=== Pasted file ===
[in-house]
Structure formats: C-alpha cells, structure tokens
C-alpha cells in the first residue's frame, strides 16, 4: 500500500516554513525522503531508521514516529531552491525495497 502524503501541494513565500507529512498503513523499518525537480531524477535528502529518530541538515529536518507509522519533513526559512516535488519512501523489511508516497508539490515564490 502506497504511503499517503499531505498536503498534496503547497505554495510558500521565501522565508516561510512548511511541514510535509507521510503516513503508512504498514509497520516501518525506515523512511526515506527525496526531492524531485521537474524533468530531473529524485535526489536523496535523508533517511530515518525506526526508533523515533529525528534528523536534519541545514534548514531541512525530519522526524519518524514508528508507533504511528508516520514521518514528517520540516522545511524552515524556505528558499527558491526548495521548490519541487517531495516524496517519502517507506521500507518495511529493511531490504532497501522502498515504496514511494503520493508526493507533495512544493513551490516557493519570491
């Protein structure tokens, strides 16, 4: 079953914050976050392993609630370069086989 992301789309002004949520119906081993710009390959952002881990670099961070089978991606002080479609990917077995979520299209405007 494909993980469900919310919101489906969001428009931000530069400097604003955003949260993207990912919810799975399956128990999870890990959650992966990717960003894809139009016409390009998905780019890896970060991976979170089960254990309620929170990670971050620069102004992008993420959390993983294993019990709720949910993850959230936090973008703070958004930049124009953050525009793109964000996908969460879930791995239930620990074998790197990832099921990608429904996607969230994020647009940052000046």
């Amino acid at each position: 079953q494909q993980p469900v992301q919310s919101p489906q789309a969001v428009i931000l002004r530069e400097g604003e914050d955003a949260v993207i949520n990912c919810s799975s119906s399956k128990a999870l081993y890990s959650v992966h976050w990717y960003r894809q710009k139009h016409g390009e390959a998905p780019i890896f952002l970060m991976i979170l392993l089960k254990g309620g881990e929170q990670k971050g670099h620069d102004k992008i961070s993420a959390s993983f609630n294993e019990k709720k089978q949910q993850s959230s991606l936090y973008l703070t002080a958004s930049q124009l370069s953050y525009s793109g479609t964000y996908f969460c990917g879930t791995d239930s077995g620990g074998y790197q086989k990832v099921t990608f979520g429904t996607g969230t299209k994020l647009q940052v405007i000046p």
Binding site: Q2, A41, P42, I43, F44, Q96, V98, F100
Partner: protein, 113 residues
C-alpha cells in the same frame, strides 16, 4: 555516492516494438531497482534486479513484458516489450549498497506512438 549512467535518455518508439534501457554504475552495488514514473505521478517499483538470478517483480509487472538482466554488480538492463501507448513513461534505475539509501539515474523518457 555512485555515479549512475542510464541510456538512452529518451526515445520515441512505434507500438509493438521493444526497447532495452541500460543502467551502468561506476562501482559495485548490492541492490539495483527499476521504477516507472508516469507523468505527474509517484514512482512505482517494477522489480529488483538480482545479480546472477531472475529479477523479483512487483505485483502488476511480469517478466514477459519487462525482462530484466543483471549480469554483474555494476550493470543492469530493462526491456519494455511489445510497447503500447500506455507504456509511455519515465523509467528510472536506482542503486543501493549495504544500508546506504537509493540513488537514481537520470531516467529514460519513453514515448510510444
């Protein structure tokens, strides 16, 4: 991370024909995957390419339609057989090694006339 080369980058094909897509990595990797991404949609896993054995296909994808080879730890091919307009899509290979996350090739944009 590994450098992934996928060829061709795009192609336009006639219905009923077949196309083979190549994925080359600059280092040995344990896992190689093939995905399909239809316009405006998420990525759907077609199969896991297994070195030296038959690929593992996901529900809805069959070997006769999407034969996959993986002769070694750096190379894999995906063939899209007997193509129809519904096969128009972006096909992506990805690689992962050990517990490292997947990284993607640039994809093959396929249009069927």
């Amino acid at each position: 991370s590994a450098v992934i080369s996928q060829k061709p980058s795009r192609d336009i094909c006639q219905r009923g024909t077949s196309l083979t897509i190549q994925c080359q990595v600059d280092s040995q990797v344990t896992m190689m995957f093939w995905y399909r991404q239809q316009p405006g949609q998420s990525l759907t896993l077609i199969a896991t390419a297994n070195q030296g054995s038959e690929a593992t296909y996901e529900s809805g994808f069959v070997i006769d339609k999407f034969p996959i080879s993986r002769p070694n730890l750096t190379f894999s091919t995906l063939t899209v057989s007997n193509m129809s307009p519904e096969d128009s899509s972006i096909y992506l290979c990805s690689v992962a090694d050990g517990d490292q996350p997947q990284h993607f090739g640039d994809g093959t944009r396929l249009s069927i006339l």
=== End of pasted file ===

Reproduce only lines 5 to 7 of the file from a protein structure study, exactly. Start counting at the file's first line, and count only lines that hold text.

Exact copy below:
């Amino acid at each position: 079953q494909q993980p469900v992301q919310s919101p489906q789309a969001v428009i931000l002004r530069e400097g604003e914050d955003a949260v993207i949520n990912c919810s799975s119906s399956k128990a999870l081993y890990s959650v992966h976050w990717y960003r894809q710009k139009h016409g390009e390959a998905p780019i890896f952002l970060m991976i979170l392993l089960k254990g309620g881990e929170q990670k971050g670099h620069d102004k992008i961070s993420a959390s993983f609630n294993e019990k709720k089978q949910q993850s959230s991606l936090y973008l703070t002080a958004s930049q124009l370069s953050y525009s793109g479609t964000y996908f969460c990917g879930t791995d239930s077995g620990g074998y790197q086989k990832v099921t990608f979520g429904t996607g969230t299209k994020l647009q940052v405007i000046p």
Binding site: Q2, A41, P42, I43, F44, Q96, V98, F100
Partner: protein, 113 residues